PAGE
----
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Why You Need To Try This Chimichurri Sauce

Growing herbs this year? Why not whip up some chimichurri sauce and take your summer-grilled meats up a flavor notch? This flavor-packed condiment will be your new favorite!

I recently discovered chimichurri sauce and it changed my life. A week ago I had never heard of it. It’s so delicious—an explosion of flavors and makes every dish it touches simply magical. What is chimichurri sauce exactly and why is it so good?

What is Chimichurri Sauce?

Chimichurri is an uncooked condiment made with fresh herbs, garlic, lemon juice, and red wine vinegar. It’s typically served on top of, or alongside steak, but it’s fantastic with chicken, pork, and seafood. It also makes a great marinade or salad dressing. It originally hails from Argentina, but you’ll find it used in many Mexican dishes as well.

This chimichurri sauce uses both fresh parsley and cilantro (because I can never get enough cilantro) but you can use all parsley if you prefer. I basted it over chicken breasts after they came off the charcoal grill to rest and served it with a green salad. Sublime! And not only does chimichurri taste great, but it’s packed with nutrients from garlic, heart-healthy olive oil, and antioxidant-rich fresh herbs. Give it a try!

Chimichurri Sauce Recipe

Ingredients:

1 cup fresh cilantro leaves, coarsely chopped
1 cup fresh flat-leaf parsley, coarsely chopped
3/4 cup good quality olive oil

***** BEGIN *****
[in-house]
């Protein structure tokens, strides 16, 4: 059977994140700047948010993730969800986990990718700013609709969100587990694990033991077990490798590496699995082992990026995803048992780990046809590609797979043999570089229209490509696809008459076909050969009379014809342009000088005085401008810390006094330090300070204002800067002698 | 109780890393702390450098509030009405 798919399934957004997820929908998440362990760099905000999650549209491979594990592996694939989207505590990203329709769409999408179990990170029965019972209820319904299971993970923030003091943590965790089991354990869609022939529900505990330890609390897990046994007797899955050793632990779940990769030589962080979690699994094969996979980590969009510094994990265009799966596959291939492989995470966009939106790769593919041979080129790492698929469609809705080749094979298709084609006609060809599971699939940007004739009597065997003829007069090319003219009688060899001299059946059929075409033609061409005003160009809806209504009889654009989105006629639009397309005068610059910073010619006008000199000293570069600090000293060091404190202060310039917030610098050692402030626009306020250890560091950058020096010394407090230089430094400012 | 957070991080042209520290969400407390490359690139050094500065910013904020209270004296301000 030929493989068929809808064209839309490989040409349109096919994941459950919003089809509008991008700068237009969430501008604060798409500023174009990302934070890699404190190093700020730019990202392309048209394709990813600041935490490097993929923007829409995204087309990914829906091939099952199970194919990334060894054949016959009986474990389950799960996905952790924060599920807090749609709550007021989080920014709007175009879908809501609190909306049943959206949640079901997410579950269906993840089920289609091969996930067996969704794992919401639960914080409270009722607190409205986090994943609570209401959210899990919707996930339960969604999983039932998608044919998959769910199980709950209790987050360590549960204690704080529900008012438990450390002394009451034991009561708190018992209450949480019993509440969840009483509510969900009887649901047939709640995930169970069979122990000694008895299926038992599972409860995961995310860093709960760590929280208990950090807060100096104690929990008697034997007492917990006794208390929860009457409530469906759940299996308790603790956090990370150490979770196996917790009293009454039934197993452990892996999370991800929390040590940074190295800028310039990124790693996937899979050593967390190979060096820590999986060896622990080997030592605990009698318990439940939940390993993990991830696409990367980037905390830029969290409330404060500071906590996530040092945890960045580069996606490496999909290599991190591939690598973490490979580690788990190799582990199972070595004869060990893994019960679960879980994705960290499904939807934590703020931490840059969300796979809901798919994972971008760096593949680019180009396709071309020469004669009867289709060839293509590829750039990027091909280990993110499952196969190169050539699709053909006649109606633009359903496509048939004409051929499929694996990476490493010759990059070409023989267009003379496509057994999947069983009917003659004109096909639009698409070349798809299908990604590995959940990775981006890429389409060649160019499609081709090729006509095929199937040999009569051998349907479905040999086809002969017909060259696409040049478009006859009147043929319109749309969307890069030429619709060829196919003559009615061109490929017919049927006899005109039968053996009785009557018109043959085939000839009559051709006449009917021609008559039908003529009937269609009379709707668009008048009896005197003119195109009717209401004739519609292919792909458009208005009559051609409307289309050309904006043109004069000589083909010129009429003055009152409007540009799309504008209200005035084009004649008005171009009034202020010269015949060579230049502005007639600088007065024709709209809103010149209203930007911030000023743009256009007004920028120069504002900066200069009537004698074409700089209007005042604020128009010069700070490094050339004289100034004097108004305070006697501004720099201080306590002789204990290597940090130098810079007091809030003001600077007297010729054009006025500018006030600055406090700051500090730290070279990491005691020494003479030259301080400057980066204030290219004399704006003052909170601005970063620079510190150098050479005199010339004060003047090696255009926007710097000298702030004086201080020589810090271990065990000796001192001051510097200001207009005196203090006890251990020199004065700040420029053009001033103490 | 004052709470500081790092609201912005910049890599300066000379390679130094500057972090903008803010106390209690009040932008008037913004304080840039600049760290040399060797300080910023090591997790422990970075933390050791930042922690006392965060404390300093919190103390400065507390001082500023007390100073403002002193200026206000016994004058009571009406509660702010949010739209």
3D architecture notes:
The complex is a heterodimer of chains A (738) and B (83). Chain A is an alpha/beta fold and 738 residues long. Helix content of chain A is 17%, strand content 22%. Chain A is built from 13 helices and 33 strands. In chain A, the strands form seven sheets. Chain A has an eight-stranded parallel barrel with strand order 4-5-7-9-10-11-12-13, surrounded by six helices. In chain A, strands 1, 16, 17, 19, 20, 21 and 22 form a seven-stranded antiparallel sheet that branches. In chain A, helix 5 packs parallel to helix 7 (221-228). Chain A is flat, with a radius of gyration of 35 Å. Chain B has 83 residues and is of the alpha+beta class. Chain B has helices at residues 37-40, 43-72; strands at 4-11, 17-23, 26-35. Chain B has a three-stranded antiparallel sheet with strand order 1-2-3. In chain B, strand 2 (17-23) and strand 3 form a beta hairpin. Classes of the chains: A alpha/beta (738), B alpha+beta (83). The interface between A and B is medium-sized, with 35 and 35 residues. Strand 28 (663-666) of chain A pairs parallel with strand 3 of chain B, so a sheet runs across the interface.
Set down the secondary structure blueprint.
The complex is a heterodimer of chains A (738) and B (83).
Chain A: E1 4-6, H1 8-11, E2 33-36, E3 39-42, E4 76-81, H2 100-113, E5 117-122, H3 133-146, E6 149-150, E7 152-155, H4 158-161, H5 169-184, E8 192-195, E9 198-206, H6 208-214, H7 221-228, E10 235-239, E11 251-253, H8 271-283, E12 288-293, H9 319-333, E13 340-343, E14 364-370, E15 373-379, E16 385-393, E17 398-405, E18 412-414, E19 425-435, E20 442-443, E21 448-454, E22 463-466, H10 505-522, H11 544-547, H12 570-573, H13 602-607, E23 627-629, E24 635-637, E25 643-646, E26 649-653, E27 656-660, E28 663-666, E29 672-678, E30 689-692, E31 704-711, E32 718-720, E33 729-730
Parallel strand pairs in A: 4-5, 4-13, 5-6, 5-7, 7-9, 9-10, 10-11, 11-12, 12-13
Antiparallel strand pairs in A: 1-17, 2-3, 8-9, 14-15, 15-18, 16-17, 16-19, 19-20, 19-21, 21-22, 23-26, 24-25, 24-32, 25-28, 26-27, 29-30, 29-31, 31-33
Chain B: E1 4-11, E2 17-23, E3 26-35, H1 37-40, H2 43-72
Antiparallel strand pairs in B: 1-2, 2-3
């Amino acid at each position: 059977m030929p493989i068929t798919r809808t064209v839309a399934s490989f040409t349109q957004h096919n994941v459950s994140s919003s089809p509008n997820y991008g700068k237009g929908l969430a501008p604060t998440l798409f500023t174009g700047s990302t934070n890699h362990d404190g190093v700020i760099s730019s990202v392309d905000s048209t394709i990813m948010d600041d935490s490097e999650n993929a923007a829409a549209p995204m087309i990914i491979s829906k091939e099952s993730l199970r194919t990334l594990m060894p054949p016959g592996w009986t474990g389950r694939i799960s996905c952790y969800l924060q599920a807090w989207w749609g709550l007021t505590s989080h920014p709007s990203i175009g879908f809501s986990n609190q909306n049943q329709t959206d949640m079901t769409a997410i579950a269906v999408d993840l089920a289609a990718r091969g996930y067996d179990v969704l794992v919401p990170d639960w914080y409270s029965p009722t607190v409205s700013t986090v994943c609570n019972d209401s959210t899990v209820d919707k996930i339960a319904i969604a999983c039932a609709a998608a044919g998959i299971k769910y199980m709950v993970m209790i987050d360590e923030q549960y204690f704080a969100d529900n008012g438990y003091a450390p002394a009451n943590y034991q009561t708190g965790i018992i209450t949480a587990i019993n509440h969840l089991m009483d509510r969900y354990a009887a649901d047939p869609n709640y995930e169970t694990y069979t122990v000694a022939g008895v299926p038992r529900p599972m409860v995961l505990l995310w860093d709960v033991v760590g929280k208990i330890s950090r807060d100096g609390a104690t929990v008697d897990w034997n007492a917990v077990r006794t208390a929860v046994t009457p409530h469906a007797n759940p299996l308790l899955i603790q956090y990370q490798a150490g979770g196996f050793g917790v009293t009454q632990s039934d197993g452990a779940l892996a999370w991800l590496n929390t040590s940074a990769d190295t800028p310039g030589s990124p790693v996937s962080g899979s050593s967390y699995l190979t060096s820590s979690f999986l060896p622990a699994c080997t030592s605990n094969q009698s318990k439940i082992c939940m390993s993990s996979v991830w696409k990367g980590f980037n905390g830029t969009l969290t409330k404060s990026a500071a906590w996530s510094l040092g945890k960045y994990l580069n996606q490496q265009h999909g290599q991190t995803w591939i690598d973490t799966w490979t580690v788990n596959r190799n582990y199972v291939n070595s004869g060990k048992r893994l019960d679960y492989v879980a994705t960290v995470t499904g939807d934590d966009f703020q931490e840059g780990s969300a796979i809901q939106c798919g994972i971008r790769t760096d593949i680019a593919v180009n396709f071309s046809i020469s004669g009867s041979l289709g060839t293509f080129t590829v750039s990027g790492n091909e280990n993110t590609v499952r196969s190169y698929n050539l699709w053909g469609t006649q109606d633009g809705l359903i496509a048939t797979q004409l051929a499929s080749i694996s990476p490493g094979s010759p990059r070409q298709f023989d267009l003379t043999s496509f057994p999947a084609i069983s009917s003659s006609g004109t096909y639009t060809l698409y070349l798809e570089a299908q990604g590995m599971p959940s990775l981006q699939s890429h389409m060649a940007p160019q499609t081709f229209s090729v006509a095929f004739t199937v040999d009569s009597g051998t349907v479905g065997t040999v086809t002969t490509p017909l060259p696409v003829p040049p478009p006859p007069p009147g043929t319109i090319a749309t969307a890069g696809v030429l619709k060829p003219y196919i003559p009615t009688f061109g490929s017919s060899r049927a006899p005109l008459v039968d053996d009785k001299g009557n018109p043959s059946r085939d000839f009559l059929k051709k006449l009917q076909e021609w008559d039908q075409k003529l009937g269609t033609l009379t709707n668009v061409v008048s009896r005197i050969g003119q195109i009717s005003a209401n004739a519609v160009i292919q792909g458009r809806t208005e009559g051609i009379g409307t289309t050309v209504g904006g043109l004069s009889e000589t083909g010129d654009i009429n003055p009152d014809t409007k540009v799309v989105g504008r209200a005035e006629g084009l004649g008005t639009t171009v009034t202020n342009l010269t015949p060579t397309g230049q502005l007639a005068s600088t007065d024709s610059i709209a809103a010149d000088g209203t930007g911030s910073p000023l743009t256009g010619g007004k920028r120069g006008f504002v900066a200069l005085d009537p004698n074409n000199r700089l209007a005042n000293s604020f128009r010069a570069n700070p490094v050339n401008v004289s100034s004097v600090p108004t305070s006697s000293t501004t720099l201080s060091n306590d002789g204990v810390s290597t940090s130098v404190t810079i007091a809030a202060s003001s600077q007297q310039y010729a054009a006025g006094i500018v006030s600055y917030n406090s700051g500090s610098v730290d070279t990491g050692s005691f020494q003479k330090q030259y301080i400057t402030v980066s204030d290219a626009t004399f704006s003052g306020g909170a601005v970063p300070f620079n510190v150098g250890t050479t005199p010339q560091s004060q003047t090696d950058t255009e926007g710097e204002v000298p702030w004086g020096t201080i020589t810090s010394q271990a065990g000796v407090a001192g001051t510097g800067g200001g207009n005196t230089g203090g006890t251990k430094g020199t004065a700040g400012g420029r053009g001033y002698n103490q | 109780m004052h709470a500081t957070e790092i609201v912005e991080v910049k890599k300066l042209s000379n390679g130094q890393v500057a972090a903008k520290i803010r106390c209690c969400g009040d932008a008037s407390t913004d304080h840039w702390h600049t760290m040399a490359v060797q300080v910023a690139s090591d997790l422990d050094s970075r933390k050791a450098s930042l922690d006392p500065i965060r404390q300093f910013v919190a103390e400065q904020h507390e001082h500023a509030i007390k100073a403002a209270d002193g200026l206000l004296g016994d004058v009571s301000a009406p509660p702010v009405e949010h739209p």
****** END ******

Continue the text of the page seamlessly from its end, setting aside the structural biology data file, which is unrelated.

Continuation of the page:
1/4 cup fresh lemon juice
3 tablespoons finely chopped red onions
4 cloves garlic
2 1/2 tablespoons red wine vinegar – only red wine vinegar!
1 teaspoon oregano – dried (or 1/2 teaspoon fresh if you’re growing it!)
2 teaspoons kosher salt
1/4 teaspoon red pepper flakes
1/2 teaspoon black pepper

Directions:

Add all ingredients to a food processor and pulse in short one-second increments, only about 4 to 5 times. You want this sauce to be coarse and chunky, not pulverized like pesto sauce. Serve immediately or store in an airtight glass container in the fridge where it will keep for about 1 week. Yield: 1.5 cups.

Note: If oil solidifies, just let it stand at room temperature and mix.

If you’re not a fan of cilantro, you can use all parsley.

This article was published by the staff at Farmers' Almanac. Interested in becoming a guest author? Contact us to let us know!

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Jackie G

Why dried oregano vs fresh?

Susan Higgins

Hi Jackie, by all means, if you have fresh, use it! It’s just that most people have dried in the pantry. I’ll adjust the story so it indicates both!

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